Stocks climbed back after a rout but ended up in the red.
First, the scoreboard:
- Dow: 15,837.88 (-41.43, -0.26%)
- S&P 500: 1,781.56 (-8.73, -0.49%)
- Nasdaq: 4,083.61 (-44.56, -1.08%)
And now the top stories:
- Federal authorities arrested Charlie Shrem, the CEO of BitInstant, at JFK airport and charged him with money laundering. Authorities allege Shrem sold bitcoin to Silk Road users who would then buy drugs (they also argue Shrem himself bought drugs). Bitcoin enthusiasts Cameron and Tyler Winklevoss were major backers of BitInstant. "Although BitInstant is not named in today’s indictment of Charlie Shrem, we are obviously deeply concerned about his arrest," the twins emailed in a statement to BI. "We were passive investors in BitInstant and will do everything we can to help law enforcement officials." Incidentally, the pair will speak tomorrow at New York State financial services hearings regarding digital currencies.
- The Dallas Fed's manufacturing activity survey edged up to 3.8 from a revised 3.7, beating expectations for a 3.5 print. "Perceptions of broader business conditions continued to be optimistic in January. The general business activity index posted its eighth consecutive positive reading and was nearly unchanged at a reading of 3.8. Similarly, the company outlook index posted its eighth positive reading in a row and held steady at 15.9," according to the report.
- New home sales dropped 7.1% month-over-month for December, much worse than analyst expectations for a 1.9% fall. Capital Economics' Paul Diggle says that may have been a result of this winter's bad weather. "Sales activity in January is likely to be weak for similar reasons. But we continue to think that new home sales will stage an encouraging rise over 2014 as a whole," he wrote.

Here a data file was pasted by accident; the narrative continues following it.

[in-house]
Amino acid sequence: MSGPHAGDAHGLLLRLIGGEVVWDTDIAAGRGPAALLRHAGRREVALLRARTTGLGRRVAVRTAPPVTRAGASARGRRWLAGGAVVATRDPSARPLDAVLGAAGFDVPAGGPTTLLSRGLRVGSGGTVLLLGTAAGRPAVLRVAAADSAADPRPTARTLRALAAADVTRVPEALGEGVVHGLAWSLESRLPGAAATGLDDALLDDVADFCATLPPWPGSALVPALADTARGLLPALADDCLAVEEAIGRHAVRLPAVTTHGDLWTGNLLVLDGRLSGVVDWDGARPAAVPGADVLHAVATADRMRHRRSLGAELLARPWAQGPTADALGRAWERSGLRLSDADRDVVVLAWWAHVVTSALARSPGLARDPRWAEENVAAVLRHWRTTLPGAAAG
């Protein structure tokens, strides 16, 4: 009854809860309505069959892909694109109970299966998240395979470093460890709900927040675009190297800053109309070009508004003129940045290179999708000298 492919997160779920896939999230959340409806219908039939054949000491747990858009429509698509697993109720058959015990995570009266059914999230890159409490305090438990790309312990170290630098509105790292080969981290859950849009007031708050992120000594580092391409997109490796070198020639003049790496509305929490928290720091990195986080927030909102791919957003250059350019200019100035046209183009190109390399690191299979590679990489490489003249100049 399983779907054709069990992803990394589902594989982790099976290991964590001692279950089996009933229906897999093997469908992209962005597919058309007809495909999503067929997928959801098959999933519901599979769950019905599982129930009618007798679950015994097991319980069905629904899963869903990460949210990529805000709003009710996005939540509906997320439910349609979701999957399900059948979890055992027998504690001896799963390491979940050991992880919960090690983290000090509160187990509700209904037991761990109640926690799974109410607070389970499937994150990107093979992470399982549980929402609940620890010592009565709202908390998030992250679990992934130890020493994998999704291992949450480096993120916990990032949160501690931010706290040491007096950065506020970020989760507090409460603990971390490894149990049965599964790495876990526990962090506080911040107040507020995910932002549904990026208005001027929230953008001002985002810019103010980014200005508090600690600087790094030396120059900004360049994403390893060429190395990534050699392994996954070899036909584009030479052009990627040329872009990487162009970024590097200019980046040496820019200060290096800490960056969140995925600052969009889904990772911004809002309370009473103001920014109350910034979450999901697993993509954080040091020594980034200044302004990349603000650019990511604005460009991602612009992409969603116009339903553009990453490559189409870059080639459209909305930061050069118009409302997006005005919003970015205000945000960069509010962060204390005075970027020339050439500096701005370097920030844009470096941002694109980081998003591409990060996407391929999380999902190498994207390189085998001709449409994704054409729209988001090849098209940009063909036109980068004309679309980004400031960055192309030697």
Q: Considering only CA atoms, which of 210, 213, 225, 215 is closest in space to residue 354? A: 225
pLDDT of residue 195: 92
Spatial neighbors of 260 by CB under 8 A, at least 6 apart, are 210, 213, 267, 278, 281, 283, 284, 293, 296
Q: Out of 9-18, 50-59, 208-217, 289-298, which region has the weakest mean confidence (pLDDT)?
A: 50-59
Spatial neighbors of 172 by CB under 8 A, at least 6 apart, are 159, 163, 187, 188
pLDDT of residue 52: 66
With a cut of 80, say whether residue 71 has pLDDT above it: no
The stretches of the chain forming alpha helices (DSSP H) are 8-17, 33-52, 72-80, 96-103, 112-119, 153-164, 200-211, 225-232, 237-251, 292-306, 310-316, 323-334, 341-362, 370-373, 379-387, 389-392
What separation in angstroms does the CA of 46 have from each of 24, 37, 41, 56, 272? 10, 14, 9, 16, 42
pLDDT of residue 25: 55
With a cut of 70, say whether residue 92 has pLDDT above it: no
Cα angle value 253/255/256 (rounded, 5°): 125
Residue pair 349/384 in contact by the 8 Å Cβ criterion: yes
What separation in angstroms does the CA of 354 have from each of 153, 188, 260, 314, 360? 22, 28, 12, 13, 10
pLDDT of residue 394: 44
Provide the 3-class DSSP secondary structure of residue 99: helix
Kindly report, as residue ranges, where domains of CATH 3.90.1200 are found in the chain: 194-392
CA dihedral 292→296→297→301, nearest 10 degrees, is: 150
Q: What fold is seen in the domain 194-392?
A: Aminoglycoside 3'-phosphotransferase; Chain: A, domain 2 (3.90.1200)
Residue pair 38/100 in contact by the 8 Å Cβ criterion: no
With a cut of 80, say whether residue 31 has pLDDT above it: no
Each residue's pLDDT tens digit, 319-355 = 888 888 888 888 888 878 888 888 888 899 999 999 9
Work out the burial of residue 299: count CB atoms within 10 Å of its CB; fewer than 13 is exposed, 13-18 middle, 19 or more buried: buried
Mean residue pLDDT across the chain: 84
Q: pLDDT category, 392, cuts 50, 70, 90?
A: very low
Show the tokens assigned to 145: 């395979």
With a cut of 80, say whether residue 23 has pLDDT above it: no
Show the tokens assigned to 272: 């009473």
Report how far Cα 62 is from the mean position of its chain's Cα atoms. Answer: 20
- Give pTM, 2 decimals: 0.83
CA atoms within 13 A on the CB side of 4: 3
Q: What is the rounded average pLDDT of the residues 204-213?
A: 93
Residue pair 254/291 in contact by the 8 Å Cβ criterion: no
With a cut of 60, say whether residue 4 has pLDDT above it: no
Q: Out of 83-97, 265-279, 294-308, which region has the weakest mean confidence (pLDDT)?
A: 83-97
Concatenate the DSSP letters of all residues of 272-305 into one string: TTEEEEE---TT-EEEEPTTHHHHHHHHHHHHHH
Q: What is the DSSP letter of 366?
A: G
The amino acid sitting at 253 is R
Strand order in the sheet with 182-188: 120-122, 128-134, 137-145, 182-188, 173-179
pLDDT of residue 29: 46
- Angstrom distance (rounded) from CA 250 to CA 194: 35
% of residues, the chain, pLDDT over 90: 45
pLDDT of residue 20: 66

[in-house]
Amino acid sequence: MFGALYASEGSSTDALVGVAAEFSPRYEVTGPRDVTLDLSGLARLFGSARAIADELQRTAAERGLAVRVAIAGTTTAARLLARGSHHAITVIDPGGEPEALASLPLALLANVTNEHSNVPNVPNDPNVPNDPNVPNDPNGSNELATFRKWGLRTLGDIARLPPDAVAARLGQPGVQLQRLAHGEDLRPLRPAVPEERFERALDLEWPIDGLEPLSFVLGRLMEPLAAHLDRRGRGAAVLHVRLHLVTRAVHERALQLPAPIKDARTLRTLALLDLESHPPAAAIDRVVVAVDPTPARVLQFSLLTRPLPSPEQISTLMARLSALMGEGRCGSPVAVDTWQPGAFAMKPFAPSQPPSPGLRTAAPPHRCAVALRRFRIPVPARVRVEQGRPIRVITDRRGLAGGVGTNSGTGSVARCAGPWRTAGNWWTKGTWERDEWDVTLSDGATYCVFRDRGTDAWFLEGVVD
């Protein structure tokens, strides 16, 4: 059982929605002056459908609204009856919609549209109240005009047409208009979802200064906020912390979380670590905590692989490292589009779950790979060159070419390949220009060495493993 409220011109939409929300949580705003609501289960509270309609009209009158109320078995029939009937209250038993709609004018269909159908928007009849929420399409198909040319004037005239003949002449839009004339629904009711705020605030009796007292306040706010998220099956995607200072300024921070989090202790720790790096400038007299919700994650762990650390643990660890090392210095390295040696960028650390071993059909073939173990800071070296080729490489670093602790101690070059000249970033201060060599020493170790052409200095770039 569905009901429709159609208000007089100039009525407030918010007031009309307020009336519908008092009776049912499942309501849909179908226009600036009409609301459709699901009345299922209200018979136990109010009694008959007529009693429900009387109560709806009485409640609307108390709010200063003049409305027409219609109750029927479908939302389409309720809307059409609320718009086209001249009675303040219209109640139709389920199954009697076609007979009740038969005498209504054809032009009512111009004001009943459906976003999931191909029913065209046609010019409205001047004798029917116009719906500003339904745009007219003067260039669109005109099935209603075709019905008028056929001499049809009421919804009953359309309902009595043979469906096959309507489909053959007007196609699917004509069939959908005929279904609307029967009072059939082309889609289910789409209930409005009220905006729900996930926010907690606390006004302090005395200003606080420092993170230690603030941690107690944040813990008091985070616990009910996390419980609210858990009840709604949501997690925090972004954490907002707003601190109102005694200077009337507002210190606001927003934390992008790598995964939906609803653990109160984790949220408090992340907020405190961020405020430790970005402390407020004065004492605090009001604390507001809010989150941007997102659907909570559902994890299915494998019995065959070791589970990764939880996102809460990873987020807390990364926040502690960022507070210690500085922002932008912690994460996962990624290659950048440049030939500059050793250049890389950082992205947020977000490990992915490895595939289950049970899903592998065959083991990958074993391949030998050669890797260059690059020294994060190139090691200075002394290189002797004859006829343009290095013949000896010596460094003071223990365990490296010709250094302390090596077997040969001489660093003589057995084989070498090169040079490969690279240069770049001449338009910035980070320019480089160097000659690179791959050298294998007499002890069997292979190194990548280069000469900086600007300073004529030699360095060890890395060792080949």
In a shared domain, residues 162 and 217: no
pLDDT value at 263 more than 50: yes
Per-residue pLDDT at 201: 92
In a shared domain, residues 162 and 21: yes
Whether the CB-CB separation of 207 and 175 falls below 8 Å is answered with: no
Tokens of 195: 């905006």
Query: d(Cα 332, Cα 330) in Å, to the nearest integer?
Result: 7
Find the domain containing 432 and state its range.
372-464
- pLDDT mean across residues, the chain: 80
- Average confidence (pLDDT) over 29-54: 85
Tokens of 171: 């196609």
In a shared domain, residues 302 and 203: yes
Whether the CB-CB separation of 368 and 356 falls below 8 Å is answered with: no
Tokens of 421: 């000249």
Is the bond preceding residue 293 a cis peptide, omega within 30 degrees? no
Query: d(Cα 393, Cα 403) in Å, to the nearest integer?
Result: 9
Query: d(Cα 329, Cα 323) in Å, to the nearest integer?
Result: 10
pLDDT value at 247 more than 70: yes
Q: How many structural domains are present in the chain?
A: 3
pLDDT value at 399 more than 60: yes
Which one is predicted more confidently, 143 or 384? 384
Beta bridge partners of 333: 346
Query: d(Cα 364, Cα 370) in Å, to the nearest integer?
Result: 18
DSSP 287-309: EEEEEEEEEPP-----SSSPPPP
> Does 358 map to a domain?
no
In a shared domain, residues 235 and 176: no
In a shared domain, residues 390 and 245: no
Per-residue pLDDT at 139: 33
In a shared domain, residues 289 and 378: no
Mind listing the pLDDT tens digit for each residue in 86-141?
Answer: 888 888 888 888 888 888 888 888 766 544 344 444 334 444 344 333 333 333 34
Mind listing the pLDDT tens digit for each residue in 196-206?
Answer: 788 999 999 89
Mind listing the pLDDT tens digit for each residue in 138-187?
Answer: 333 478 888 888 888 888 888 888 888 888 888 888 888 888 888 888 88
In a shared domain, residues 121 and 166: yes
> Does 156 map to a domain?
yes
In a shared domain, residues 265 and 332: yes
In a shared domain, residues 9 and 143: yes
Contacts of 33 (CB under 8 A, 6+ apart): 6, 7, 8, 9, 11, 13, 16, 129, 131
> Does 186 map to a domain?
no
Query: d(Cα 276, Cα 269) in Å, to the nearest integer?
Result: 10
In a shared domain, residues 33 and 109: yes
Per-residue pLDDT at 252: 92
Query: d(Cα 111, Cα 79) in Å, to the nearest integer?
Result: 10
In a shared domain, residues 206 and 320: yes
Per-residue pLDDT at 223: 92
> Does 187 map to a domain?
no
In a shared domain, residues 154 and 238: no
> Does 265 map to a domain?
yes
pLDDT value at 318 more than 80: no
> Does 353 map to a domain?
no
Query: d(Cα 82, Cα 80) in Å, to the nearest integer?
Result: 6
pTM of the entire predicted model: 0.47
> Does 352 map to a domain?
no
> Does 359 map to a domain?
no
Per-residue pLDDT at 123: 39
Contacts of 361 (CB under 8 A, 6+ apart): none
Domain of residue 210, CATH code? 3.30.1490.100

- Herbalife shares went on a tear (after dropping 12% last week) on reports that Herbalife bull and D.A. Davidson analyst, Tim Ramey, was leaving his firm to work for Bill Stiritz, the largest individual shareholder of the stock. Stiritz reportedly wants Herbalife to undergo a leveraged buyout.
- U.S. Flash PMI hit 56.6 in January , up from 55.7 in December and the highest print since September 2013. " U.S. service pr oviders reported a busy January, providing an important signal that the economy remains in good health at the start of the year," wrote Markit's Chris Williamson. "Growth of business activity picked up from the already-robust pace seen in December, and optimism about prospects for the year ahead rose to one of the highest levels we’ve seen since the financial crisis."
- Keep an eye on the U.S. this week, with three big events coming up: The State of the Union address, the House GOP strategy retreat, and Bernanke's retirement after the FOMC policy statement. These events " have the potential to determine the course of the remainder of the year in D.C. macro policy," Guggenheim's Chris Krueger wrote to clients.
- The emerging market sell-off has been the major story in recent days. Our Matthew Boesler explains : "Much of the inflows into EM assets in recent years were predicated on a search for yield in the absence of any in developed markets. But as U.S. interest rates have risen in recent months, there has been less and less of a justification to be invested in EM, and those flows have begun to reverse." We also rounded up the "fragile five" — troubled EM currencies finding pressure against the dollar.
- Apple reported earnings right after the bell, announcing it sold 51 million iPhone units, lower than sell-side expectations of 54.7 million. " The good news is that Apple beat expectations on the top and bottom line, despite weak iPhone sales. Revenue was $57.6 billion, up 5.6% on a year-over-year basis. EPS was $14.08, up 2% year-over-year," reported our Jay Yarow.
- Don't Miss: Emerging Market Turmoil Explained In 5 Quick Bullets »
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